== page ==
Exactly how long was the sermon?
Roughly 25 minutes.

On a scale of 1-10, how good was the preacher?
8. I would have given it a "7" but it was nearly noteless and I admire that. He pulled off an intelligent multi-point sermon without condescending to the listeners, yet left enough transitional "markers" so we wouldn't get lost.

In a nutshell, what was the sermon about?
It was a sermon I've heard several times before in my life. That giving doesn't hurt as much as we think it will, and that it will be repaid many times over both spiritually and materially. The one and only Bible reading was 2 Corinthians 8 (the Macedonian churches giving money in spite of their poverty. Dr Lutzer was quite frank that this wasn't the stewardship sermon, but merely a prelude to a massive fundraising campaign the church intends to undertake, that will entail buying and condemning a small business block adjacent to the church and erecting a multi-million-dollar Christian education and youth center in its place.

Which part of the service was like being in heaven?
Actually, the part I liked best was seeing my fellow Chicagoans of all races and ages represented in pretty much real-world proportions among the congregation. Would that the 99.9 per cent lily-white "name-brand" downtown churches like the Methodists, Presbyterians and Lutherans could achieve the same mix. They do go on and on about diversity but don't seem to achieve it.

And which part was like being in... er... the other place?
My growing irritation about 10 minutes into the sermon when I realized that I'd been had. I came to the church for a session of worship and praise but wound up immersed in a Total Design Concept – being sold a stewardship campaign that meant nothing to me. And not even a campaign, but just advance notice of a campaign!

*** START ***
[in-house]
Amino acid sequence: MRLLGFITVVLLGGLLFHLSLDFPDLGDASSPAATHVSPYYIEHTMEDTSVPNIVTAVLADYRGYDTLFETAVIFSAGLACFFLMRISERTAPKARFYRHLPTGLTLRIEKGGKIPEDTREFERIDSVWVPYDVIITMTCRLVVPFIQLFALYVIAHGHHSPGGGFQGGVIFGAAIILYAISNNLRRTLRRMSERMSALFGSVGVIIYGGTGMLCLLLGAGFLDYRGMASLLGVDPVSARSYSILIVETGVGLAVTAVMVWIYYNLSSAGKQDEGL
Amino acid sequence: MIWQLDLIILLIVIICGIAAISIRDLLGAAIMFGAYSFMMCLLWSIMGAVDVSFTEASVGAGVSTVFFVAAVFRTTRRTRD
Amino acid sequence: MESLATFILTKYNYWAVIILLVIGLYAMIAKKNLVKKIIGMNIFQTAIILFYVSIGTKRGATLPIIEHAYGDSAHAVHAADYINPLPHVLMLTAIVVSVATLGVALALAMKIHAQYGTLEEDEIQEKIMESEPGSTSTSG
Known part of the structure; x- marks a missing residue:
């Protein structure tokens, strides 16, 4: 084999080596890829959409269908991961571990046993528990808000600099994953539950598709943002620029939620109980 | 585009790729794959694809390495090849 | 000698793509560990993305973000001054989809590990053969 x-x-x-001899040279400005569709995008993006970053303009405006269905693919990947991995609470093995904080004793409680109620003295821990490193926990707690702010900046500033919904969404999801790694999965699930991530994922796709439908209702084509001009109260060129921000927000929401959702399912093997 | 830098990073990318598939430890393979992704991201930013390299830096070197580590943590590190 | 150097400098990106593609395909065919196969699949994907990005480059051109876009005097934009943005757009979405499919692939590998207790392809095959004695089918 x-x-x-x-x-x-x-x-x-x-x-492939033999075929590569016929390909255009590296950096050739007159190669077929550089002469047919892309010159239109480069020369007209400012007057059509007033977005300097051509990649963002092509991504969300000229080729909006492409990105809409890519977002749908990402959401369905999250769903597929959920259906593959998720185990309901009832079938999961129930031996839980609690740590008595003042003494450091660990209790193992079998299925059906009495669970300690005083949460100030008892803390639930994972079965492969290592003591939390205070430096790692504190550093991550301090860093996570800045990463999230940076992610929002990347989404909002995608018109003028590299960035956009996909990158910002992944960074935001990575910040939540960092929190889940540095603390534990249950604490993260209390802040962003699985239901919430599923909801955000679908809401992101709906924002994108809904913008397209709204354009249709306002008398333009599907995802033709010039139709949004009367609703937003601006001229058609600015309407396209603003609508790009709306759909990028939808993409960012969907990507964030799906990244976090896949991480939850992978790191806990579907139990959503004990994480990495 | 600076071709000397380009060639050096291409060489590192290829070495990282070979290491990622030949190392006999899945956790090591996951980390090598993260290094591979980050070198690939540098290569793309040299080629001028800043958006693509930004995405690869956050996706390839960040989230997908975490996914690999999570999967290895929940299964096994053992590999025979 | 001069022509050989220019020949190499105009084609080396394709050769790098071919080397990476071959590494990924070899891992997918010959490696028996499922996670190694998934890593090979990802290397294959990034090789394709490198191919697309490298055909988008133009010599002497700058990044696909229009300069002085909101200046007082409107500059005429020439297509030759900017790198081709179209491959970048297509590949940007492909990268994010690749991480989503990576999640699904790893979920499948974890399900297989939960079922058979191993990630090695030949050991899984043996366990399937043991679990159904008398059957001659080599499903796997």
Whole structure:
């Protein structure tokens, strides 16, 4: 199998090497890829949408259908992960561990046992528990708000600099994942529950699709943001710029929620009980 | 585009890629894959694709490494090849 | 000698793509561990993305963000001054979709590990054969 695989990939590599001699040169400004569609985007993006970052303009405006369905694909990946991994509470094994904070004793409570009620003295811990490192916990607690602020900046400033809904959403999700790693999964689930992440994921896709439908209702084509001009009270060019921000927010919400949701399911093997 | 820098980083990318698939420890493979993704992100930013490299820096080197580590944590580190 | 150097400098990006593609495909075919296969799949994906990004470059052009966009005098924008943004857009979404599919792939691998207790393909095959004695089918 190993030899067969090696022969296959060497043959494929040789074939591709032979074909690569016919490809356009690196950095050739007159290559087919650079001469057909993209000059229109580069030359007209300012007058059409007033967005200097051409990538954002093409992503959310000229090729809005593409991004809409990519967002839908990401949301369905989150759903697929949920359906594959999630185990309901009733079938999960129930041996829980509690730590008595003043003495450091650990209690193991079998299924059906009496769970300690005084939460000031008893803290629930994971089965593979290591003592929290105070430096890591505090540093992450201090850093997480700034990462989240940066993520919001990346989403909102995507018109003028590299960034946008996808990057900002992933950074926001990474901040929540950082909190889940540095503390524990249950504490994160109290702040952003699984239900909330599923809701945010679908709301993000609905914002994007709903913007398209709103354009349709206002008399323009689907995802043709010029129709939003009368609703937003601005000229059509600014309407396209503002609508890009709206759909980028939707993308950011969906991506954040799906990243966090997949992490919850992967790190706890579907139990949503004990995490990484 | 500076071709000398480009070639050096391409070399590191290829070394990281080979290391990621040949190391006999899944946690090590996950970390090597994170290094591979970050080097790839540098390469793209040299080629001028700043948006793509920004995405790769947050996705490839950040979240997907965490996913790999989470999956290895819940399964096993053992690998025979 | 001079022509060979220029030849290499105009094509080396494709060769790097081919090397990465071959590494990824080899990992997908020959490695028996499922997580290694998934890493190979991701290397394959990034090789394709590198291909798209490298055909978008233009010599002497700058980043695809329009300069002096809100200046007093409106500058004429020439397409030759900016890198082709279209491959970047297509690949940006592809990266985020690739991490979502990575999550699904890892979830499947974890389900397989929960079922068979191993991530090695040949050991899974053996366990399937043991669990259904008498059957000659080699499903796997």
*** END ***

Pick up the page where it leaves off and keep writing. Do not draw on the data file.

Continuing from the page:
What happened when you hung around after the service looking lost?
I had been advised by the parking attendant prior to service that it was a good idea to get my parking ticket validated right after church (to not do so would mean shelling out $8 to park in a private garage instead of getting it for free). The church lobby after service was a madhouse of special interest tables, folks standing in line like me for parking validations, and people who just had general-information questions for the information wicket. And, of course, people shaking the pastor's hand on the way out. The atmosphere was impersonal, but cheerful, kind of like break-time at a convention.

How would you describe the after-service coffee?
If they had any refreshments, I wasn't made aware of it.

How would you feel about making this church your regular (where 10 = ecstatic, 0 = terminal)?
4. They're good people and do good work, but I'm not really the NIV Bible-carrying type. And I'm pretty sure I would find myself falling from grace if forced to sit thru too many more stewardship sermons, no matter how well crafted.

Did the service make you feel glad to be a Christian?
Yes, in spite of the somewhat mercenary feel of the theme.

What one thing will you remember about all this in seven days' time?
The comfortable mixing of ages and races, which, outside of sporting events and election day, happens all too seldom in the Windy City.
The Mystery Worshipper is sponsored by, the internet service provider from Christian Aid. By offering email services, special offers with companies such as and, surefish raises more than £300,000 a year for Christian Aid's work around the world.

Click here to find out how to become a Mystery Worshipper. And click here if you would like to reproduce this report in your church magazine or website.

Top | Other Reports | Become a Mystery Worshipper!

© Ship of Fools 2000
Surefish logo